Illuminating Fossils (Daniel's Blog and webpage)
B.Sc. (Hons.) University of Otago, Dunedin, New Zealand (2005)
Ph.D. University of Otago, Dunedin, New Zealand (2009
I enjoy reconstructing the lives of extinct animals using chemical data. Many methods are used to study the chemistry of fossils, and my current work uses Raman Spectroscopy. Raman spectroscopy is non-destructive under ideal conditions and can provide information about a range of biological processes. I am using this technique to investigate pigmentation in fossil feathers, and to elucidate the diets of fossil seabirds. Reconstructing the lives of extinct animals relies on living species for guidance; I am also interested in the chemistry of modern feathers, and chemical indicators for modern seabird diet.
Fordyce, R.E. & Thomas, D.B., 2011. Kaiika maxwelli, a new Early Eocene stem-penguin (Sphenisciformes, Aves) from New Zealand. New Zealand Journal of Geology and Geophysics, 54: 43-51.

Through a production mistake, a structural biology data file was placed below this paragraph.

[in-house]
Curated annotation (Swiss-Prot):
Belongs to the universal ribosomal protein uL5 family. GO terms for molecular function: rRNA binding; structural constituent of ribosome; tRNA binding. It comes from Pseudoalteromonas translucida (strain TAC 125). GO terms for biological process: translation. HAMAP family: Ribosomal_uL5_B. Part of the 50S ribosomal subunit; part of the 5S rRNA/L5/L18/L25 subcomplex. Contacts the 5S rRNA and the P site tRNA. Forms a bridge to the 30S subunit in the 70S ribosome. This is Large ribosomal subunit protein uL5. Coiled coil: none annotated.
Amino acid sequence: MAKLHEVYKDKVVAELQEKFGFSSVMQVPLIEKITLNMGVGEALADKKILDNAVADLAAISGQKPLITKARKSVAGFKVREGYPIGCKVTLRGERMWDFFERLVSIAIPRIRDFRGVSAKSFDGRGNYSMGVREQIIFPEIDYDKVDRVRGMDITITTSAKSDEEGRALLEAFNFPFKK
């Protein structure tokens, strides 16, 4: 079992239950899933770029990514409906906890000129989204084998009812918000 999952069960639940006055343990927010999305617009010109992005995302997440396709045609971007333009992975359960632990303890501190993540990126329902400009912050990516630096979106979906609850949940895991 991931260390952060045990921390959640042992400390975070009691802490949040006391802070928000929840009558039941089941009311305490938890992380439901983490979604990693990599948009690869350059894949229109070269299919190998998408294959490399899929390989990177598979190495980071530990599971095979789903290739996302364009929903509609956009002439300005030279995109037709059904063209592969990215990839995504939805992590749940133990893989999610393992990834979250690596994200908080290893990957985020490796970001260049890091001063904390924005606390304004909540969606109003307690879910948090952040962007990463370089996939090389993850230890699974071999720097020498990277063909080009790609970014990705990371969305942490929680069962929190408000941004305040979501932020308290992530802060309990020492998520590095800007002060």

Ksepka, D.T. & Thomas, D.B., 2011. Multiple Cenozoic invasions of Africa by penguins (Aves, Sphenisciformes). Proceedings of the Royals Society B, 279: 1027-1032.
Thomas, D.B. & Fordyce, R.E., 2011. Biological plasticity in penguin heat retention structures. The Anatomical Record, 295: 249-256.
Thomas, D.B., Ksepka, D.T. & Fordyce, R.E., 2011. Penguin heat-retention structures evolved in a greenhouse Earth. Biology Letters, 7: 461-464
Thomas, D.B., McGoverin, C.M., Fordyce, R.E., Frew, R.D. & Gordon, K.C., 2011. Raman spectroscopy of fossil bioapatite — A proxy for diagenetic alteration of the oxygen isotope composition. Palaeogeography, Palaeoclimatology, Palaeoecology, 310: 62-70.